Dutch and Australian experts forced to delay a planned visit to the site of the crash of flight MH17 for the third day as fighting between separatists and pro-Russian forces near the crash site continues
According to CBC, Ukrainian forces staged a major attack against separatist fighters on Sunday July 27 in an attempt to gain control of the area surrounding the crash site in the east of Ukraine.
The troops entered a string of towns nearby on Monday July 28, among them the town of Shakhtarsk, a mere six miles from the crash site.
Britain’s Telegraph newspaper reported on the same day that the Dutch and Australian team had been forced to abandon plans to travel to the site in order to identify the remaining bodies. They were instead forced to stay in the town of Donetsk, a rebel headquarters approximately 40 miles to the west.
At the time of writing, the group remain in Donetsk. Rebels are considering preventing investigators from gaining access, according to Reuters.
Dutch Prime Minister Mark Rutte called on Ukraine to stop the fighting in that area. Attempts at a ceasefire have so far failed although Ukrainian Prime Minister Petro Poroshenko said on July 29 that he would do everything he could to facilitate the team’s access.
The Malaysian flight MH17 was shot down in Ukranian airspace on July 17. All 298 passengers on board died, the majority of whom were Dutch and Australian citizens. Over 200 bodies have already been recovered and sent to the Netherlands to be identified.
The Netherlands declared a national day of mourning – the first in over 50 years – to mark the arrival of the first bodies from Ukraine on July 23. Now sadness is beginning to turn to anger as delays continue to prevent the return of the rest of the bodies.
Reflecting the national mood, Dutch Foreign Minister Frans Timmermans has adjusted his previously hesitant stance on further sanctions against Russia. At a meeting of ministers in Brussels, he said the Dutch would not oppose sanctions, adding “The Netherlands wants the European Union (to make) a united, and also strong, clear, statement against the unrest in eastern Ukraine.”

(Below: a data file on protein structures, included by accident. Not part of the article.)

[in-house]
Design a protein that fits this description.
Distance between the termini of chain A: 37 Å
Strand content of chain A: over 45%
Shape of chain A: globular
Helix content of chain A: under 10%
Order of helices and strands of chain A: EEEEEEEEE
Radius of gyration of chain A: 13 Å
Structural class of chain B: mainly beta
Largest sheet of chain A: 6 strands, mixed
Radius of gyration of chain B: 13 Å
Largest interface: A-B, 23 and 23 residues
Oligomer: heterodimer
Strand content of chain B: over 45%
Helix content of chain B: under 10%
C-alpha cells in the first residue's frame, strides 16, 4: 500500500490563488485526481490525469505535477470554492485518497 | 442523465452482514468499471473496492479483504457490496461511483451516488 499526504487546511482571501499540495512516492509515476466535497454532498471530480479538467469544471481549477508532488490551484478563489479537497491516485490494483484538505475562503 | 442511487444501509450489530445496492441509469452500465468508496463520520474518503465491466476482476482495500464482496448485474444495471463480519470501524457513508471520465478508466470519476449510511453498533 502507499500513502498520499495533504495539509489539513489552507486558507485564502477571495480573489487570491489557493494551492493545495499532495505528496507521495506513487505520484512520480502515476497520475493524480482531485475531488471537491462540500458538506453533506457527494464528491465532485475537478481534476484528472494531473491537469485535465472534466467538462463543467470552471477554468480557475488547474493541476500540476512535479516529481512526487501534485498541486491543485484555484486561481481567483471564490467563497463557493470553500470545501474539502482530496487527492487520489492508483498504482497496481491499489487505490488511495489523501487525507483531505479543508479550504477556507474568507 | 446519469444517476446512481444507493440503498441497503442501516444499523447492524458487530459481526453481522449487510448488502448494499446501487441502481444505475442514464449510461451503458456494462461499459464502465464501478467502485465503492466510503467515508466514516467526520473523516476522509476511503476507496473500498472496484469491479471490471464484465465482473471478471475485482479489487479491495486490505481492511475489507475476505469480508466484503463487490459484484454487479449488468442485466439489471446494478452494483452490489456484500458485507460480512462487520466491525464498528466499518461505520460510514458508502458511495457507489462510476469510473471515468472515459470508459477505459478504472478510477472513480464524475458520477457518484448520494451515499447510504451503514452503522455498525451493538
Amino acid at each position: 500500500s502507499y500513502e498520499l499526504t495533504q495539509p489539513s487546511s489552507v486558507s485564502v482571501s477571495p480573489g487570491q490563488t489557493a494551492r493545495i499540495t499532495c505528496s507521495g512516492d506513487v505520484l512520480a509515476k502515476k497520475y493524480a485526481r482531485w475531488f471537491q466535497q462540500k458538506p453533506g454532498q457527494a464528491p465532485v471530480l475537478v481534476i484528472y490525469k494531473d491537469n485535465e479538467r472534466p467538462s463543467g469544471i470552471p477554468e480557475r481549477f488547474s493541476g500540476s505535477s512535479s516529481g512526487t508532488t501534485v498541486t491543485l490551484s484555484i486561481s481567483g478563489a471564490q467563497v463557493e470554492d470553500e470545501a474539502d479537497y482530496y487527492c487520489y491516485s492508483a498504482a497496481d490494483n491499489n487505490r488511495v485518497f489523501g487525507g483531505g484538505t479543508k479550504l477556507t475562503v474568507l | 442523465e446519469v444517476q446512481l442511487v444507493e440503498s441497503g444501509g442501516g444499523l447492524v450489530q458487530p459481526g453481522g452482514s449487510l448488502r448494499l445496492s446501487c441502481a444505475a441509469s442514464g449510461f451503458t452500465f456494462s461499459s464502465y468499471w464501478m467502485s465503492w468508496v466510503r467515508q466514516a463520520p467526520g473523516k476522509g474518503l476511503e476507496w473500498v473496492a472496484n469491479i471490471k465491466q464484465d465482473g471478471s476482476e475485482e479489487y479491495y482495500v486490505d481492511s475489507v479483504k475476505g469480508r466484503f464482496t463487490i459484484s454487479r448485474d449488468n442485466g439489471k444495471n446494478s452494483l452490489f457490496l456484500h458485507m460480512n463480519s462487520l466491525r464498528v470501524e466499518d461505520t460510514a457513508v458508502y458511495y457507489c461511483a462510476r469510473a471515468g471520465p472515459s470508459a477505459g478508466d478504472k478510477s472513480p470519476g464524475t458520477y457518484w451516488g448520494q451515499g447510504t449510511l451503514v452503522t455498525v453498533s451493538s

Neither Ukraine nor Russia will accept responsibility for the attack, which appears to have been conducted with a missile. The West has accused separatist rebels of committing the attack and, in the strongest statement on the events to come out of the White House, a spokesman appeared to cast the blame for this on Russia.
White House spokesman John Earnest said President Putin was ‘culpable’ for the attack on flight MH17. This comes after the White House previously criticised Russia for providing Ukranian separatists with arms.
The EU and the White House confirmed on July 29 that they will push forward to“phase three” sanctions against Russia.
This means that, rather than just targeting wealthy individuals with asset freezes and travel bans, the sanctions will be aimed at the country’s finance, technology, energy and defense sectors.
This is an unprecedented step for the EU who have never unleashed such a punishment on a close neighbour. The EU said it ‘was an urgent and determined response’ but made it clear that the sanctions were reversible if Russia was willing to negotiate.